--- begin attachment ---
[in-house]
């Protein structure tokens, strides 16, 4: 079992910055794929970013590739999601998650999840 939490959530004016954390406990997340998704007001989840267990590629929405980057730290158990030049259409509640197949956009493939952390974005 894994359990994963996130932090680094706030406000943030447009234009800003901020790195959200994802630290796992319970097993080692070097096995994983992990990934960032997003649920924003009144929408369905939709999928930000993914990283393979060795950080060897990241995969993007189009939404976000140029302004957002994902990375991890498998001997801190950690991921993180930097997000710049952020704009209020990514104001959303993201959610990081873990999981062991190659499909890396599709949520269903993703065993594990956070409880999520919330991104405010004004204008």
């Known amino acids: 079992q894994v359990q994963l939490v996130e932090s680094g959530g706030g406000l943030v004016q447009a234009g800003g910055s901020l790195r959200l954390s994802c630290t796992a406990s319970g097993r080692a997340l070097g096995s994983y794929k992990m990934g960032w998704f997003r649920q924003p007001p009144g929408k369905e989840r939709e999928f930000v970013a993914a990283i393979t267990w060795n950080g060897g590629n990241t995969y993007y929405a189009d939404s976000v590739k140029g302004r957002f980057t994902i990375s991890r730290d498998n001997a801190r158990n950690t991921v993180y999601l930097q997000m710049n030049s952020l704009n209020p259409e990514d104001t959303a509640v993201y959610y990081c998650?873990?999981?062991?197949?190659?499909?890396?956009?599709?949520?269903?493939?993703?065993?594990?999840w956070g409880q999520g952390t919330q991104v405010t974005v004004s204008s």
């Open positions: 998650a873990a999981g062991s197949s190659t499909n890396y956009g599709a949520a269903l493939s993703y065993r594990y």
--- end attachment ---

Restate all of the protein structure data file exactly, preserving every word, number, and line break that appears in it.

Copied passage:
[in-house]
């Protein structure tokens, strides 16, 4: 079992910055794929970013590739999601998650999840 939490959530004016954390406990997340998704007001989840267990590629929405980057730290158990030049259409509640197949956009493939952390974005 894994359990994963996130932090680094706030406000943030447009234009800003901020790195959200994802630290796992319970097993080692070097096995994983992990990934960032997003649920924003009144929408369905939709999928930000993914990283393979060795950080060897990241995969993007189009939404976000140029302004957002994902990375991890498998001997801190950690991921993180930097997000710049952020704009209020990514104001959303993201959610990081873990999981062991190659499909890396599709949520269903993703065993594990956070409880999520919330991104405010004004204008």
């Known amino acids: 079992q894994v359990q994963l939490v996130e932090s680094g959530g706030g406000l943030v004016q447009a234009g800003g910055s901020l790195r959200l954390s994802c630290t796992a406990s319970g097993r080692a997340l070097g096995s994983y794929k992990m990934g960032w998704f997003r649920q924003p007001p009144g929408k369905e989840r939709e999928f930000v970013a993914a990283i393979t267990w060795n950080g060897g590629n990241t995969y993007y929405a189009d939404s976000v590739k140029g302004r957002f980057t994902i990375s991890r730290d498998n001997a801190r158990n950690t991921v993180y999601l930097q997000m710049n030049s952020l704009n209020p259409e990514d104001t959303a509640v993201y959610y990081c998650?873990?999981?062991?197949?190659?499909?890396?956009?599709?949520?269903?493939?993703?065993?594990?999840w956070g409880q999520g952390t919330q991104v405010t974005v004004s204008s």
């Open positions: 998650a873990a999981g062991s197949s190659t499909n890396y956009g599709a949520a269903l493939s993703y065993r594990y």